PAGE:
Recycling log wash water

      A discussion of the merits and pitfalls for recylcing the the water used to keep logs dampe prior to milling. July 4, 2000

Q.
I am interested in the possibility of recycling the water used to keep logs damp while they await processing into veneer. At what point will contaminants make the water unsuitable for further recycling because of possible damage to the logs?



How are you presently arranged for your catch basin?

The best way to keep out the majority of the solids is to let the runoff accumulate in one basin (a settling pond) and then let it cross over into the holding basin via a spillway. The settling pond will essentially always be full of water and the trick is to keep the spill to the holding pond moving at a very low velocity, so as to leave most of the solids in the settling side. This gets down to the size of your log storage area vs. the size of your settling pond. It needs to be big enough not to fill too quickly, or your spill will be at high speed.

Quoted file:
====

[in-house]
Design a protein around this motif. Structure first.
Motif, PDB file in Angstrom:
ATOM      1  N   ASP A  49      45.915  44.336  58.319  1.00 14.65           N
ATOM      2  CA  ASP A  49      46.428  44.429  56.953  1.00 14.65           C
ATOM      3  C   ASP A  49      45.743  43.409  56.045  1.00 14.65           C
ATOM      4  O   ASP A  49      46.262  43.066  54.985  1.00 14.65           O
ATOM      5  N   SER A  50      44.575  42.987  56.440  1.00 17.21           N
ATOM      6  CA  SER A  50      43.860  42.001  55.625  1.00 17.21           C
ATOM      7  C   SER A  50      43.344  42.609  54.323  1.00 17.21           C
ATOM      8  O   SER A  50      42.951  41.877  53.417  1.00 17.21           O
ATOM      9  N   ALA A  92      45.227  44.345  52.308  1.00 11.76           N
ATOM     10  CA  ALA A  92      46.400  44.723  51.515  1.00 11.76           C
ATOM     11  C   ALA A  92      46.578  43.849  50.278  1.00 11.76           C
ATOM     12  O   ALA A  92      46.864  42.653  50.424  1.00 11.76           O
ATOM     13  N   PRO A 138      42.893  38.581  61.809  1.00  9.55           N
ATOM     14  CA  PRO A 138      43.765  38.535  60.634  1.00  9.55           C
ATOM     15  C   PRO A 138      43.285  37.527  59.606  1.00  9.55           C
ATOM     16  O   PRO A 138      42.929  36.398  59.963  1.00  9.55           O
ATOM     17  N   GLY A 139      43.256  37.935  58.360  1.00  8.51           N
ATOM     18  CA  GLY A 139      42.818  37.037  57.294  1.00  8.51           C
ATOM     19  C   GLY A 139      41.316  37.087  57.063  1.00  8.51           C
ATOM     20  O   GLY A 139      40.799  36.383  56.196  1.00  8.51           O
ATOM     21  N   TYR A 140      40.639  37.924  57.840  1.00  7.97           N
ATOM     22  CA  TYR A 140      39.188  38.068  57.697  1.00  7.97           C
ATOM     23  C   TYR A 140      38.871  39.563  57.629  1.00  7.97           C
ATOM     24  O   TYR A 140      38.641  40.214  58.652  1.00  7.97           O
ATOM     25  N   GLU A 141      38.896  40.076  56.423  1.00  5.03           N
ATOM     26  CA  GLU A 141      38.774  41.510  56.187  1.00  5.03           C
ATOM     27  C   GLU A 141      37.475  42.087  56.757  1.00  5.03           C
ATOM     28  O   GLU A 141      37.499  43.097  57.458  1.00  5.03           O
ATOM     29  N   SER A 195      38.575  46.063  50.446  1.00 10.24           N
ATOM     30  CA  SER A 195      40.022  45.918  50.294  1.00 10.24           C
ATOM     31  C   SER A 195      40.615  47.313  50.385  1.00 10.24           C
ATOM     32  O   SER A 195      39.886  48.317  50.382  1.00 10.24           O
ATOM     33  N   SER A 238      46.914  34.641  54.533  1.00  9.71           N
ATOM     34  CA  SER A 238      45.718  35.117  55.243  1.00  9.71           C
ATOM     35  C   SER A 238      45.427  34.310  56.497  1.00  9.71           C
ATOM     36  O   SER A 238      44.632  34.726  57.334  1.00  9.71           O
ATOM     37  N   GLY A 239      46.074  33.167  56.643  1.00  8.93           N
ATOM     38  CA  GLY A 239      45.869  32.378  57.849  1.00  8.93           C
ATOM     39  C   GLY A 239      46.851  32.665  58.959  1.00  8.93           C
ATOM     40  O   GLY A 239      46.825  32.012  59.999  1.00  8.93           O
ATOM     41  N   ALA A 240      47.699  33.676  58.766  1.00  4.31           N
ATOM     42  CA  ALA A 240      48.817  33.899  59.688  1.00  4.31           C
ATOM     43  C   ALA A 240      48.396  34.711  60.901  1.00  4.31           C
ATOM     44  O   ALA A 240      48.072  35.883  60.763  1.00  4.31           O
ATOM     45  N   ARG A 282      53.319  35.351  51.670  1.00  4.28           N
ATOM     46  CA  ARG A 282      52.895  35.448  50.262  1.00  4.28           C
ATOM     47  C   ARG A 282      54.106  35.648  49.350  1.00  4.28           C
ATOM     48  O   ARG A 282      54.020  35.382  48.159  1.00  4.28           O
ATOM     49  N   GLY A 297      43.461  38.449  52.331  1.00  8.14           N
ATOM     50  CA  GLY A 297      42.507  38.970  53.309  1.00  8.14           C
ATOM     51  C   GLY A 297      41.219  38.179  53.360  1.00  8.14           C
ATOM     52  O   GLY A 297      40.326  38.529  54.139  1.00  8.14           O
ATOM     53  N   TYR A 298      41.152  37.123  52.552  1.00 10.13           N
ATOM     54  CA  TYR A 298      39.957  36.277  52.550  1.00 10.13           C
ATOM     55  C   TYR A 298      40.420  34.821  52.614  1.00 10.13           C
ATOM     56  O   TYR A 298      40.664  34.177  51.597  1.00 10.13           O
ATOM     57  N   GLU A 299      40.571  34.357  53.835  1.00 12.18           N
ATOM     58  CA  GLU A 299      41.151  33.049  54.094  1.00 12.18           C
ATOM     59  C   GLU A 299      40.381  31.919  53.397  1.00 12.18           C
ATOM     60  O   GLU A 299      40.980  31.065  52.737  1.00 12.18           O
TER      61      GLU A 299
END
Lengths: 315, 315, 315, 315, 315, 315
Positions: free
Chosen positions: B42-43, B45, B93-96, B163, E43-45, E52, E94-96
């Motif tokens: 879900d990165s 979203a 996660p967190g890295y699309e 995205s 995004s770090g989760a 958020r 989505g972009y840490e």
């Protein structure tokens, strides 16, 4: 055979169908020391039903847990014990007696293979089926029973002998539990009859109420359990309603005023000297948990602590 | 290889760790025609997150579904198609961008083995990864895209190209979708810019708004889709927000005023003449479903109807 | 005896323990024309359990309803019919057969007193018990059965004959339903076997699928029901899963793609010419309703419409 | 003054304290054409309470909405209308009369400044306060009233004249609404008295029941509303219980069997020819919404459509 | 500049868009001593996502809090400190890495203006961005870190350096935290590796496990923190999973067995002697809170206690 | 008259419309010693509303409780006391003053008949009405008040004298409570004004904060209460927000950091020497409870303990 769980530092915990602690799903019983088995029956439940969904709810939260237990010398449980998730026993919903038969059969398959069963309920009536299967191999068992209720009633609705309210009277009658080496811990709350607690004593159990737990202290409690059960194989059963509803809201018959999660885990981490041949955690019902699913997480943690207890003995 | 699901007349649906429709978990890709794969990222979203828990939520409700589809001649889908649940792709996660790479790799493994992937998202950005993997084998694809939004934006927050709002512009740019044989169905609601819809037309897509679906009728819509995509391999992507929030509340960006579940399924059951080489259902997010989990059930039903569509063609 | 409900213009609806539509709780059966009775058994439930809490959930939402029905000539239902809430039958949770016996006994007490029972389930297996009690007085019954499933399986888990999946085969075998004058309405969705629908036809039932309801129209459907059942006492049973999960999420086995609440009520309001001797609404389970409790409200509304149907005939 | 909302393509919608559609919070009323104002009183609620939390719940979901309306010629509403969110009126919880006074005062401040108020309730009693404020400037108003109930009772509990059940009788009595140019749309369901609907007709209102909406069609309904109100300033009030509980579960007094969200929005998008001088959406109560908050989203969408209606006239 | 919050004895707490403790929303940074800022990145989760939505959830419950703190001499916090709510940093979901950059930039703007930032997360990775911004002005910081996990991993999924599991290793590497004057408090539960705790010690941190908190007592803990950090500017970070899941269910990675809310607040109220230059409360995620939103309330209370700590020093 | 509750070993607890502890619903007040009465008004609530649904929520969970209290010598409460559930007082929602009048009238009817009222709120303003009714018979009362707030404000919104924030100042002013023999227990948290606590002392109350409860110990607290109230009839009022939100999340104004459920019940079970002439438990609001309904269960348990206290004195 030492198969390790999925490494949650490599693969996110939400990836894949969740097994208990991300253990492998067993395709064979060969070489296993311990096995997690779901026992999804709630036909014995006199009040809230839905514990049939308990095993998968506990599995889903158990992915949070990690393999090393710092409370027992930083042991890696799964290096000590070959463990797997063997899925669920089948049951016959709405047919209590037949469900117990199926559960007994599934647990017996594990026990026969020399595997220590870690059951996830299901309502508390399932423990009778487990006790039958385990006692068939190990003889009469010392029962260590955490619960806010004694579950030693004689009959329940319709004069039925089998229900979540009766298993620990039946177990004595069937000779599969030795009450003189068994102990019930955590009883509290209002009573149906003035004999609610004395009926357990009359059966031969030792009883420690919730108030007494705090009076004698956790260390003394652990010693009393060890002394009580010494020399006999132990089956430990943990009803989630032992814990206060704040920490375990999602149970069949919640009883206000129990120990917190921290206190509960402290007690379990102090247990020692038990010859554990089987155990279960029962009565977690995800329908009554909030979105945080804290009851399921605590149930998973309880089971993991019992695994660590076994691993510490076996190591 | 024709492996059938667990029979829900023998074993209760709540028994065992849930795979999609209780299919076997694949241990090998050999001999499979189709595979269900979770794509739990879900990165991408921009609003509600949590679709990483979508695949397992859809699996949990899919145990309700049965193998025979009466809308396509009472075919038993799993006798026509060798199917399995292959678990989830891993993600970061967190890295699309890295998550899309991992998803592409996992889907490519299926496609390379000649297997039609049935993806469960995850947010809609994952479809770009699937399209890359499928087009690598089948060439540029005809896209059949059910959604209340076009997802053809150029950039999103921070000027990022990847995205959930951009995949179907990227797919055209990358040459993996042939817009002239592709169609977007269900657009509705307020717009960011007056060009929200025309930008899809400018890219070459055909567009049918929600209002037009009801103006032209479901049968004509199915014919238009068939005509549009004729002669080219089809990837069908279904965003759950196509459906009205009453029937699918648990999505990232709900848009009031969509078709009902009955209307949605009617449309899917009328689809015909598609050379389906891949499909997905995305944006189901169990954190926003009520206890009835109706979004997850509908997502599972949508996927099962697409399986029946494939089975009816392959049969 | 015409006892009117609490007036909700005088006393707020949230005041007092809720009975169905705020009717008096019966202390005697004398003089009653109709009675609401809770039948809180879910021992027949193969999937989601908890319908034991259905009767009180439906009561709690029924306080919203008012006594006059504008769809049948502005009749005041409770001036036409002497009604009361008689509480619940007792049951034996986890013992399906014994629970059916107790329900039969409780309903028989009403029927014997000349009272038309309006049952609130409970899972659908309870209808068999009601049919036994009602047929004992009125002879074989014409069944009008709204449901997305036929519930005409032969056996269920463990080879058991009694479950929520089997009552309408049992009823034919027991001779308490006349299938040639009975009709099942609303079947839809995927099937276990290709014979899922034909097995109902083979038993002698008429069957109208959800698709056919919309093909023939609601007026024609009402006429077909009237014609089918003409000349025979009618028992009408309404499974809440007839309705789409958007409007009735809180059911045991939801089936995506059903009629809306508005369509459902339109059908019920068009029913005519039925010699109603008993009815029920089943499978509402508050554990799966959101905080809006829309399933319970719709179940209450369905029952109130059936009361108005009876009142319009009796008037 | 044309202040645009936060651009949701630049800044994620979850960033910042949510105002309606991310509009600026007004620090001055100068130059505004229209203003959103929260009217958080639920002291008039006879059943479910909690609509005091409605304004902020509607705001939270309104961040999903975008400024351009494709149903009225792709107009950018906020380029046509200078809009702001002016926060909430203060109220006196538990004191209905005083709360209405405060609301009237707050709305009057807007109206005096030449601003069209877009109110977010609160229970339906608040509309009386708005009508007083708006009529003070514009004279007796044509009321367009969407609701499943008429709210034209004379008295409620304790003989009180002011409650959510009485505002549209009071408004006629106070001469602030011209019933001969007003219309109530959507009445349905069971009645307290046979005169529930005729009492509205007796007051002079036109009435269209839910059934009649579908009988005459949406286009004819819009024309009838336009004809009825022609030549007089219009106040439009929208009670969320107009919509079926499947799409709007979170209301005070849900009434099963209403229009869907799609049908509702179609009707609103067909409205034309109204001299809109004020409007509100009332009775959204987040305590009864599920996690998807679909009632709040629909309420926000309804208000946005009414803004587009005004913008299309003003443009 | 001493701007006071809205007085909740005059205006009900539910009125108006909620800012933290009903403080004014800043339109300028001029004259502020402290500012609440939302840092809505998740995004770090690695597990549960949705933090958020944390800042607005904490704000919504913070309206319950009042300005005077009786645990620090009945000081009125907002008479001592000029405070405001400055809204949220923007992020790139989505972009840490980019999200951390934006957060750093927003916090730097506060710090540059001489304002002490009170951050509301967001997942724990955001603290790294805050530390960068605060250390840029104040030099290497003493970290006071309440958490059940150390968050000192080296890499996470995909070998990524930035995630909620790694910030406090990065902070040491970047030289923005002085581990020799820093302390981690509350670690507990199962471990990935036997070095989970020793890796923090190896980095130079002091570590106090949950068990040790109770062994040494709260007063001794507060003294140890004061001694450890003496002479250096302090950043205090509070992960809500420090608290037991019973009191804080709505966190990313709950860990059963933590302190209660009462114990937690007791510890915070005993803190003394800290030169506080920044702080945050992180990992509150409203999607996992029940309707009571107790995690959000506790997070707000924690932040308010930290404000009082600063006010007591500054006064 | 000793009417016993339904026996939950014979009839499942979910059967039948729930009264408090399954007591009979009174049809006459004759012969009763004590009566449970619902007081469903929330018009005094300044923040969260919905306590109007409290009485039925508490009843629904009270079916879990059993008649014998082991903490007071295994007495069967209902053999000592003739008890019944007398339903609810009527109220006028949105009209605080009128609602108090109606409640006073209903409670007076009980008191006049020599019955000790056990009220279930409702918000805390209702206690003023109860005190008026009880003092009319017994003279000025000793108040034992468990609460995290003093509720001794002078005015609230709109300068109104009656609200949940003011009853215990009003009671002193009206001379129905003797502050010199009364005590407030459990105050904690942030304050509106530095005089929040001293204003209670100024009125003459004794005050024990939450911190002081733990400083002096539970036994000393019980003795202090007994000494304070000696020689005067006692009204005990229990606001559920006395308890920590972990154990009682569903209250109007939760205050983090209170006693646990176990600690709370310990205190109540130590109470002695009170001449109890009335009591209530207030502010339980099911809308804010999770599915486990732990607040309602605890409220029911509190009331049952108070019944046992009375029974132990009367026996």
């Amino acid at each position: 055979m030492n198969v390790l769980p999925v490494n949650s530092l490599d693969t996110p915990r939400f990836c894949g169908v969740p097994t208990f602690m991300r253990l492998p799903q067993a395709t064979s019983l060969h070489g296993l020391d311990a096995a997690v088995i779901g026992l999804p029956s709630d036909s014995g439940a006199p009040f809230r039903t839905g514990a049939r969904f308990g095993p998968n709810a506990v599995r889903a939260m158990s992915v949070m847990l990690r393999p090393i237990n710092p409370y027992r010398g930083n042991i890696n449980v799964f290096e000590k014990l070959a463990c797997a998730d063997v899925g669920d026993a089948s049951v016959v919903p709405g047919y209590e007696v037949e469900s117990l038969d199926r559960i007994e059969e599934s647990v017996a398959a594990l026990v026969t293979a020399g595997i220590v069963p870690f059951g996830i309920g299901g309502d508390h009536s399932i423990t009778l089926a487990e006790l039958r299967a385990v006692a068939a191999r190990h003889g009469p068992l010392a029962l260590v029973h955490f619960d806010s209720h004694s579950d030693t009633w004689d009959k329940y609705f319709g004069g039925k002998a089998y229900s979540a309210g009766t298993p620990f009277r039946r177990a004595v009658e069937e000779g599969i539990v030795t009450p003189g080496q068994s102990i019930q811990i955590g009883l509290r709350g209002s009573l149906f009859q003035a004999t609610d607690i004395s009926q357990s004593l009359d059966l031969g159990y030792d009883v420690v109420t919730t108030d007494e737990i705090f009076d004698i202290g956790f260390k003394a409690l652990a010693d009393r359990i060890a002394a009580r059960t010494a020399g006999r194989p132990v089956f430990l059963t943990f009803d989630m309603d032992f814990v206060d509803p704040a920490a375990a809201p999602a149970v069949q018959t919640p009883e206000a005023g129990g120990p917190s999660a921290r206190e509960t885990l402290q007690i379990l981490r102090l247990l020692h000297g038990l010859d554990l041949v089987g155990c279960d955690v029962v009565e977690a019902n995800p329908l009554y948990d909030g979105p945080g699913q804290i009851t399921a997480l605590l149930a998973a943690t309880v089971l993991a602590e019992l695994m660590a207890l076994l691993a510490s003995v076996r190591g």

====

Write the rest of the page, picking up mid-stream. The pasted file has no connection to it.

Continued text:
Once into the holding pond, a healthy volume of vigorous aeration should be able to knock out the contaminants. I would go with at least 20 percent aeration-flow to sprinkler-flow ratio, i.e., 50 gallons per minute sprinkler to 10 GPM aeration. You need to check with a water analyst or chemist, because you might have a more rapid buildup of comtaminants over time, and in that case you would need more aeration.



Temperature is also important, as warm water will result in enzymatic oxidation (even without the presence of oxygen in the air or water).
Gene Wengert, forum moderator
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  • KnowledgeBase: Primary Processing: Sawmilling

  • KnowledgeBase: Veneer: Processing And Manufacturing

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